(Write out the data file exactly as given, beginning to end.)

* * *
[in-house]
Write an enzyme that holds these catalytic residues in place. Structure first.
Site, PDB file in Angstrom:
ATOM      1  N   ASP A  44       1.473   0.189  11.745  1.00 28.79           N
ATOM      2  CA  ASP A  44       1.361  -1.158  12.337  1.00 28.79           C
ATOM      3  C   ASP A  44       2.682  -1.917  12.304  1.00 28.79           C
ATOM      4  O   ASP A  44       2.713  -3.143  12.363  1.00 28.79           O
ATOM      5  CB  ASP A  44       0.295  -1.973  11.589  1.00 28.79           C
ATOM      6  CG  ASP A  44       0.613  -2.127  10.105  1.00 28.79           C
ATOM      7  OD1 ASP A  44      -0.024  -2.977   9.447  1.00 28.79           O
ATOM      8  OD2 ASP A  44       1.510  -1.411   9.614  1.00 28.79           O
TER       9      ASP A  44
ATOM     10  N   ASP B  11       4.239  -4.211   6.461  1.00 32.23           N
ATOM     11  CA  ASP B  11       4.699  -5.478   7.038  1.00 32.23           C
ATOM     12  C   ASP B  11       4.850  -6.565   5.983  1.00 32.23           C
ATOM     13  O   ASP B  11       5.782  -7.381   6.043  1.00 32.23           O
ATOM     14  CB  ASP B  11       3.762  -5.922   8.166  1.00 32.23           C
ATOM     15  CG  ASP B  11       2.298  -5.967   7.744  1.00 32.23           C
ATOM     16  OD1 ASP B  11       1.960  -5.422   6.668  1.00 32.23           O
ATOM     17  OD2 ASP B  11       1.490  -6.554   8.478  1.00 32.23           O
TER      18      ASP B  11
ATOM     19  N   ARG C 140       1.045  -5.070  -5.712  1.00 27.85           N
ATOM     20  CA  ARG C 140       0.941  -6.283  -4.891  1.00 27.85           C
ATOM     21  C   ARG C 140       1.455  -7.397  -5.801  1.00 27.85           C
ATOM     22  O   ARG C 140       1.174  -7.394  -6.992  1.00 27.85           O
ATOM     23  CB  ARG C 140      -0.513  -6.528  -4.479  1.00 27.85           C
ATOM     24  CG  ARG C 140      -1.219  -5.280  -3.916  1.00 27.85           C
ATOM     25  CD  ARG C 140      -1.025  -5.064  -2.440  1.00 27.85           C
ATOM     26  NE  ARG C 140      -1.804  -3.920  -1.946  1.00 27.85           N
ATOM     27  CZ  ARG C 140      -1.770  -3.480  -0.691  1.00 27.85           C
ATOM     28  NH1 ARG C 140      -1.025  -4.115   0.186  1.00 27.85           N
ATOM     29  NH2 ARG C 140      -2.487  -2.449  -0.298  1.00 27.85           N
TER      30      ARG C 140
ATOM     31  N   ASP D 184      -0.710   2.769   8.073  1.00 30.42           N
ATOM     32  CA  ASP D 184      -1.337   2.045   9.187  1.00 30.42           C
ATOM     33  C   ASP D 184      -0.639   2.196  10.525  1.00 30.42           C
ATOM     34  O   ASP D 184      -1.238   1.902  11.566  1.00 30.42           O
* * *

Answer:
[in-house]
Write an enzyme that holds these catalytic residues in place. Structure first.
Site, PDB file in Angstrom:
ATOM      1  N   ASP A  44       1.473   0.189  11.745  1.00 28.79           N
ATOM      2  CA  ASP A  44       1.361  -1.158  12.337  1.00 28.79           C
ATOM      3  C   ASP A  44       2.682  -1.917  12.304  1.00 28.79           C
ATOM      4  O   ASP A  44       2.713  -3.143  12.363  1.00 28.79           O
ATOM      5  CB  ASP A  44       0.295  -1.973  11.589  1.00 28.79           C
ATOM      6  CG  ASP A  44       0.613  -2.127  10.105  1.00 28.79           C
ATOM      7  OD1 ASP A  44      -0.024  -2.977   9.447  1.00 28.79           O
ATOM      8  OD2 ASP A  44       1.510  -1.411   9.614  1.00 28.79           O
TER       9      ASP A  44
ATOM     10  N   ASP B  11       4.239  -4.211   6.461  1.00 32.23           N
ATOM     11  CA  ASP B  11       4.699  -5.478   7.038  1.00 32.23           C
ATOM     12  C   ASP B  11       4.850  -6.565   5.983  1.00 32.23           C
ATOM     13  O   ASP B  11       5.782  -7.381   6.043  1.00 32.23           O
ATOM     14  CB  ASP B  11       3.762  -5.922   8.166  1.00 32.23           C
ATOM     15  CG  ASP B  11       2.298  -5.967   7.744  1.00 32.23           C
ATOM     16  OD1 ASP B  11       1.960  -5.422   6.668  1.00 32.23           O
ATOM     17  OD2 ASP B  11       1.490  -6.554   8.478  1.00 32.23           O
TER      18      ASP B  11
ATOM     19  N   ARG C 140       1.045  -5.070  -5.712  1.00 27.85           N
ATOM     20  CA  ARG C 140       0.941  -6.283  -4.891  1.00 27.85           C
ATOM     21  C   ARG C 140       1.455  -7.397  -5.801  1.00 27.85           C
ATOM     22  O   ARG C 140       1.174  -7.394  -6.992  1.00 27.85           O
ATOM     23  CB  ARG C 140      -0.513  -6.528  -4.479  1.00 27.85           C
ATOM     24  CG  ARG C 140      -1.219  -5.280  -3.916  1.00 27.85           C
ATOM     25  CD  ARG C 140      -1.025  -5.064  -2.440  1.00 27.85           C
ATOM     26  NE  ARG C 140      -1.804  -3.920  -1.946  1.00 27.85           N
ATOM     27  CZ  ARG C 140      -1.770  -3.480  -0.691  1.00 27.85           C
ATOM     28  NH1 ARG C 140      -1.025  -4.115   0.186  1.00 27.85           N
ATOM     29  NH2 ARG C 140      -2.487  -2.449  -0.298  1.00 27.85           N
TER      30      ARG C 140
ATOM     31  N   ASP D 184      -0.710   2.769   8.073  1.00 30.42           N
ATOM     32  CA  ASP D 184      -1.337   2.045   9.187  1.00 30.42           C
ATOM     33  C   ASP D 184      -0.639   2.196  10.525  1.00 30.42           C
ATOM     34  O   ASP D 184      -1.238   1.902  11.566  1.00 30.42           O